has by Wylie’s account allowed a private company to take the lead on shaping its future. Sidewalk Labs will determine questions of policy that, she says, should be the province of governments and people, not of a startup: “A city is not a business.” Sidewalk Labs and Waterfront Toronto took the unusual step of forming a joint entity called Sidewalk Toronto; and it is this organisation that has largely led public consultation on the development, rather than Waterfront Toronto or government itself. Wylie believes the result is a planning process that has had more to do with generating PR than garnering opinion. She argues that there has been little opportunity for citizens to learn about alternatives. The various ideas that have been proposed, such as self-driving vehicles; “smart” pavement tiles that sense traffic and absorb rainwater; and tall timber constructions containing micro-dwellings sound like a positive vision of the future. But for Wylie, that is not quite the point: they have been framed as the
only option for developing what is, after all, a piece of public land. It didn’t help that the terms of the agreement signed by Sidewalk Labs and Waterfront Toronto were not made public until after months of agitation by her and others. “I was sceptical a year ago that we could pull off a really democratically informed process,” Wylie said. “I have found the process to be thoroughly anti-democratic.” For much of the past year, it has been unclear what Sidewalk Labs wants to do with the information it will gather, Wylie claims. Until recently, project documents have been short on details about what types of data will be collected, who will own it, and whether it might be somehow monetised. In media interviews, Doctoroff has been reported as saying that the intention is not to make money, but Wylie says explicit written commitments have been vague. Quayside has become increasingly controversial in recent months. Over the summer, there were three high-profile resignations from the project, including one board member who told the London ideas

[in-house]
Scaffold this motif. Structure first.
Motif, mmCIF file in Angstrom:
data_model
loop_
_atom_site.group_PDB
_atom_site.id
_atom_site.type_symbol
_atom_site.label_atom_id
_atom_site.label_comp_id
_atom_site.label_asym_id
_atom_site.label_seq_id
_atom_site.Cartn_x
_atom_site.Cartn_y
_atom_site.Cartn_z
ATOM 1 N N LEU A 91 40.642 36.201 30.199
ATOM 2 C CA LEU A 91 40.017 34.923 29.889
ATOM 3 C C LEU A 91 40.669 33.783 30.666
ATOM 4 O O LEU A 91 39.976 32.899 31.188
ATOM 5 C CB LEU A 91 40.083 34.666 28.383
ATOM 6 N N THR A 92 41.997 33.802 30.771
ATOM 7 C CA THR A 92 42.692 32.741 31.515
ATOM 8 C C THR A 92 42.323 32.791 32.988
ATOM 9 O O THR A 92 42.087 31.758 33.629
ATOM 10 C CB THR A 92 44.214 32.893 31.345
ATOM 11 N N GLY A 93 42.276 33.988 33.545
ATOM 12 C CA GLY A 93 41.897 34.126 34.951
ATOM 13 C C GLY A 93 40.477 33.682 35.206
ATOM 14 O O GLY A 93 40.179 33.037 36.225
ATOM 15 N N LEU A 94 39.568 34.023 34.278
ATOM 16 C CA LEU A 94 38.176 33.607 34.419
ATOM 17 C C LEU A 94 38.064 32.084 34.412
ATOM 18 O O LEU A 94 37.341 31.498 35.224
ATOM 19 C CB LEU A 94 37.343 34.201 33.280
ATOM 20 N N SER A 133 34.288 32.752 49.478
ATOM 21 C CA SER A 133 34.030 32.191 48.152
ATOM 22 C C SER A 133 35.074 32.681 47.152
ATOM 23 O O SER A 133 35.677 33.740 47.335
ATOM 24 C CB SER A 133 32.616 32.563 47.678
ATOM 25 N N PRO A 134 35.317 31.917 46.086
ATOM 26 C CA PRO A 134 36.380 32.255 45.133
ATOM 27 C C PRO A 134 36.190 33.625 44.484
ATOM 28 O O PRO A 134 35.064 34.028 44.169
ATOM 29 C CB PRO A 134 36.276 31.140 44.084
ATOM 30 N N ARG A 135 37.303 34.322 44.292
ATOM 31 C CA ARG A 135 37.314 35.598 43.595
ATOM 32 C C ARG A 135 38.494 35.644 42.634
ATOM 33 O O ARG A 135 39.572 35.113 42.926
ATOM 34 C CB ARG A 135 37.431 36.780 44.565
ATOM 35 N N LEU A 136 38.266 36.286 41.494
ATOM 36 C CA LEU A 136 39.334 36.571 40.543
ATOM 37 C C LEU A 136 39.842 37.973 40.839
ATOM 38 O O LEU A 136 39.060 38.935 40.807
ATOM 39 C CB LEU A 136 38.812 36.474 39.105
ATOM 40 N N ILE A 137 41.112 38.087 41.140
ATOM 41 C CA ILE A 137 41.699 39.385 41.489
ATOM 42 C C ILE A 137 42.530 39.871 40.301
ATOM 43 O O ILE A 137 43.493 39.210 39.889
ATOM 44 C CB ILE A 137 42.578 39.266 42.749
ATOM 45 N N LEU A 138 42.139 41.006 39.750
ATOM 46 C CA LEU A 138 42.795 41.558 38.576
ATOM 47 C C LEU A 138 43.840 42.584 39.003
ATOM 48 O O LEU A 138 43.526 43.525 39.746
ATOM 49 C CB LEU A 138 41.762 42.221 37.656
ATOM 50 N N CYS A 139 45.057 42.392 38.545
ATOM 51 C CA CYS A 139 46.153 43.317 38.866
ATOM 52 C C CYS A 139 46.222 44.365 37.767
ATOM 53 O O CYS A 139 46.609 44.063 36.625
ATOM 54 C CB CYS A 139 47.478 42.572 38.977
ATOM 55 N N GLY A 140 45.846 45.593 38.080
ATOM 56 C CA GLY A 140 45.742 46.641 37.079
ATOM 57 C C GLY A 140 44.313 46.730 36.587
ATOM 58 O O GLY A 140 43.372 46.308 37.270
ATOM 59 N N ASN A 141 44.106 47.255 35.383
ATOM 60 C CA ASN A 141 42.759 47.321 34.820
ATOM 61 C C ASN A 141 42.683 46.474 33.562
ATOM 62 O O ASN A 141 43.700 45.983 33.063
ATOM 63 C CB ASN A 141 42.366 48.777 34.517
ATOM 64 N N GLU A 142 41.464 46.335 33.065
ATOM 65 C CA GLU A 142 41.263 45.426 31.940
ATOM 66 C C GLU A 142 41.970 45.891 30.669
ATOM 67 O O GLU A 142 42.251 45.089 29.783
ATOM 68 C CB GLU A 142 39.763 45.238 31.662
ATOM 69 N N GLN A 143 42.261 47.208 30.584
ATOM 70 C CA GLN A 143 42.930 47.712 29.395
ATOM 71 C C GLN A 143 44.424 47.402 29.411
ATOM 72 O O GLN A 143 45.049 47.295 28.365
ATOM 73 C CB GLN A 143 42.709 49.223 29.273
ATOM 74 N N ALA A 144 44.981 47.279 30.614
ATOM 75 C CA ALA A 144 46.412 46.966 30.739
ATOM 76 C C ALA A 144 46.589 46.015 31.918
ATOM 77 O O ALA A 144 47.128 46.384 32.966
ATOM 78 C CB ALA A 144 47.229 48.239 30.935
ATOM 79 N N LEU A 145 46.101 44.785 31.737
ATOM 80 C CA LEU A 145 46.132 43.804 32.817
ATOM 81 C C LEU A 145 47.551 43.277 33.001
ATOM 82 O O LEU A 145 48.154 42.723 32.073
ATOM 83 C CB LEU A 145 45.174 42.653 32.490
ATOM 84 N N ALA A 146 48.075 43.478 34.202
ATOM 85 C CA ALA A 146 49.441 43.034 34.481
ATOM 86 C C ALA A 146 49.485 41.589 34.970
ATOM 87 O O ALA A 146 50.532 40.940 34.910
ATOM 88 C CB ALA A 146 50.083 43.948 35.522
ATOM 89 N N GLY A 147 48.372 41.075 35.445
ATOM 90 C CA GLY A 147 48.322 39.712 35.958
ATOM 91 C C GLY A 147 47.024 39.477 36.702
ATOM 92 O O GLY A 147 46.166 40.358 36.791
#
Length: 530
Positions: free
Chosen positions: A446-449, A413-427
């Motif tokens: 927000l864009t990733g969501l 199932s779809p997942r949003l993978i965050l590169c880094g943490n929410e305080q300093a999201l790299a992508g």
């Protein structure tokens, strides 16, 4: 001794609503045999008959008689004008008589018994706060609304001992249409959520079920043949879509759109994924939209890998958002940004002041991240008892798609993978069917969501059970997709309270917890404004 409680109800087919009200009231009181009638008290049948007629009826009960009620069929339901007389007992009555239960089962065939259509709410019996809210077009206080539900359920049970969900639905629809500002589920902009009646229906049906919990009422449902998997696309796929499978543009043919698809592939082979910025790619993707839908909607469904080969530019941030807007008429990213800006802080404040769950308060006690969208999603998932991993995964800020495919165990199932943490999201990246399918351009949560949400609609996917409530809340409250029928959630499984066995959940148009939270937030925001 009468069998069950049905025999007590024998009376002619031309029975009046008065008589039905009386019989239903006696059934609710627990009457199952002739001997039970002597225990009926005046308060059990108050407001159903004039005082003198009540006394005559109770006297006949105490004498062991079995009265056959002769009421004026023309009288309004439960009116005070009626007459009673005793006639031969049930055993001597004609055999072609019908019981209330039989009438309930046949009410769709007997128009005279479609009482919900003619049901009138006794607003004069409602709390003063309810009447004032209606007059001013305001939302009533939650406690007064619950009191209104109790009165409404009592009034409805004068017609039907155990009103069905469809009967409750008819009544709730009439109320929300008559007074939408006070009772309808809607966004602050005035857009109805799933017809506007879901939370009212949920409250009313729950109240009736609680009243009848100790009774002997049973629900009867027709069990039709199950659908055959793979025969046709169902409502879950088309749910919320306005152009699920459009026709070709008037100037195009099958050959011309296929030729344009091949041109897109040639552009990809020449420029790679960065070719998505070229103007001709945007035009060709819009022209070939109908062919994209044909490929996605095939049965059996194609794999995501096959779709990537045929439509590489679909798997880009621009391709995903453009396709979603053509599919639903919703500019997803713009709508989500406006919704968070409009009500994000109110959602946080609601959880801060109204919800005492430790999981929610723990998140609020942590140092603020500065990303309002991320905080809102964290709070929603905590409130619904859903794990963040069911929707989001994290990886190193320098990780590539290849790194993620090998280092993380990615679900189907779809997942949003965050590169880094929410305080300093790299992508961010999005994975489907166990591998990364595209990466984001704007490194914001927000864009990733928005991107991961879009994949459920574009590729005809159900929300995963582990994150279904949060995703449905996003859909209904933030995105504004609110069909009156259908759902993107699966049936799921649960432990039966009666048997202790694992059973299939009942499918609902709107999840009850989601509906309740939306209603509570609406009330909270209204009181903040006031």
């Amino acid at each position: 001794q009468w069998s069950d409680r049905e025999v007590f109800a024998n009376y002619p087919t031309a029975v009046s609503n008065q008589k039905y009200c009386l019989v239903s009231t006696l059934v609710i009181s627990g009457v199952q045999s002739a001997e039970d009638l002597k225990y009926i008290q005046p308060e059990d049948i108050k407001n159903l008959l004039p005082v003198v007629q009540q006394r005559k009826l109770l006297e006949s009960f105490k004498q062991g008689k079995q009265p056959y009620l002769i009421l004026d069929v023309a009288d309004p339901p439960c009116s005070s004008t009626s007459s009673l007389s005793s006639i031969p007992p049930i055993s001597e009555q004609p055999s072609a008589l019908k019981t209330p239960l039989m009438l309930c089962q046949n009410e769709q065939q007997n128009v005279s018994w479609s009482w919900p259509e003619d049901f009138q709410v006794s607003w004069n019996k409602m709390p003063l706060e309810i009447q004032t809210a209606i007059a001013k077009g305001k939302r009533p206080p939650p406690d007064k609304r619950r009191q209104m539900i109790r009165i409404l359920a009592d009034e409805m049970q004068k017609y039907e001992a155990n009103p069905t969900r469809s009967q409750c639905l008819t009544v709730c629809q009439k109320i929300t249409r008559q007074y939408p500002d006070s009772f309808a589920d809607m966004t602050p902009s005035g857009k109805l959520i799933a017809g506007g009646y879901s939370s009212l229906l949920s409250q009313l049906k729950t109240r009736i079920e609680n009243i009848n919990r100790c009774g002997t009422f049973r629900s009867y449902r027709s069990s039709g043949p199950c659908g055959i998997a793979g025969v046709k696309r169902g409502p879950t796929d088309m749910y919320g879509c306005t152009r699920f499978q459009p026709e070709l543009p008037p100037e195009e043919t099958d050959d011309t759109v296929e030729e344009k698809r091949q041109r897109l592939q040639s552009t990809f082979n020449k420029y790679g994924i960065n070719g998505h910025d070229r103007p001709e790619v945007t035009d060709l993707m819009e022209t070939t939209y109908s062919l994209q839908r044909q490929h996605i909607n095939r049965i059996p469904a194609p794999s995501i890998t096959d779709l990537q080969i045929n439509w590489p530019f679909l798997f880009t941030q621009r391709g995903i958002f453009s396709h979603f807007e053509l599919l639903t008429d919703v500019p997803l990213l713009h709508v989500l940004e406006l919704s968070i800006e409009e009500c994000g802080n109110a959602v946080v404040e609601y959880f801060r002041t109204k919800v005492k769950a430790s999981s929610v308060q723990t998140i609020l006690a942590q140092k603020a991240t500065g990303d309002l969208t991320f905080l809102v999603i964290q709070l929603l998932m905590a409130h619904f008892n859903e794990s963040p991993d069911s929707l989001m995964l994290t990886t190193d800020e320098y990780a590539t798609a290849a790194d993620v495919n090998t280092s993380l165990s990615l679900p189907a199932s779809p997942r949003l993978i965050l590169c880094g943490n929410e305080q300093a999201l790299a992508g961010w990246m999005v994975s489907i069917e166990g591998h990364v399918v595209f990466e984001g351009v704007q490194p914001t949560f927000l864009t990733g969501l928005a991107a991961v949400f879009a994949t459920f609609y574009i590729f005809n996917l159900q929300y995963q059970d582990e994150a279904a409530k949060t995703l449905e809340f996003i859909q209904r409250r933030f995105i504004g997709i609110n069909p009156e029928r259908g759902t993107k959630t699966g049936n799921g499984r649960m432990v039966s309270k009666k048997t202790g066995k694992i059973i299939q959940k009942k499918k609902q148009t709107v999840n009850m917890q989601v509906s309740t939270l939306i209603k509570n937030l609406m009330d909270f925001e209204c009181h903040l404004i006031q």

Toronto Star that Sidewalk Labs was “short changing’ the city; and the CEO, Fleissig, although he later rejoined as an advisor. In October it was revealed that Ontario’s Auditor General was conducting a value-for-money audit of Waterfront, a rare intervention in a public agency, designed to gauge whether there has been “due regard for economy and efficiency, and whether procedures to measure and report on the effectiveness of programs and organizations exist and function properly,” according to the Auditor General’s website. There are, in short, concerns about how a non-profit development corporation procured Sidewalk Labs as a developer and whether it has retained enough control. More recently, three more advisors to the project have withdrawn. Saadia Muzaffar, a volunteer advisor and the founder of Tech Girls Canada, stated in a letter that she was stepping away because of “apathy and a lack of leadership regarding shaky public trust” on the part of Waterfront Toronto. The Mayor of Toronto, John Tory, who has been a supporter of the
project, reportedly met former Alphabet executive chairman Eric Schmidt and Doctoroff to discuss “the need for Google to give Toronto residents a better understanding of the details of its plans for urban innovation and their data privacy commitments as soon as is practical.”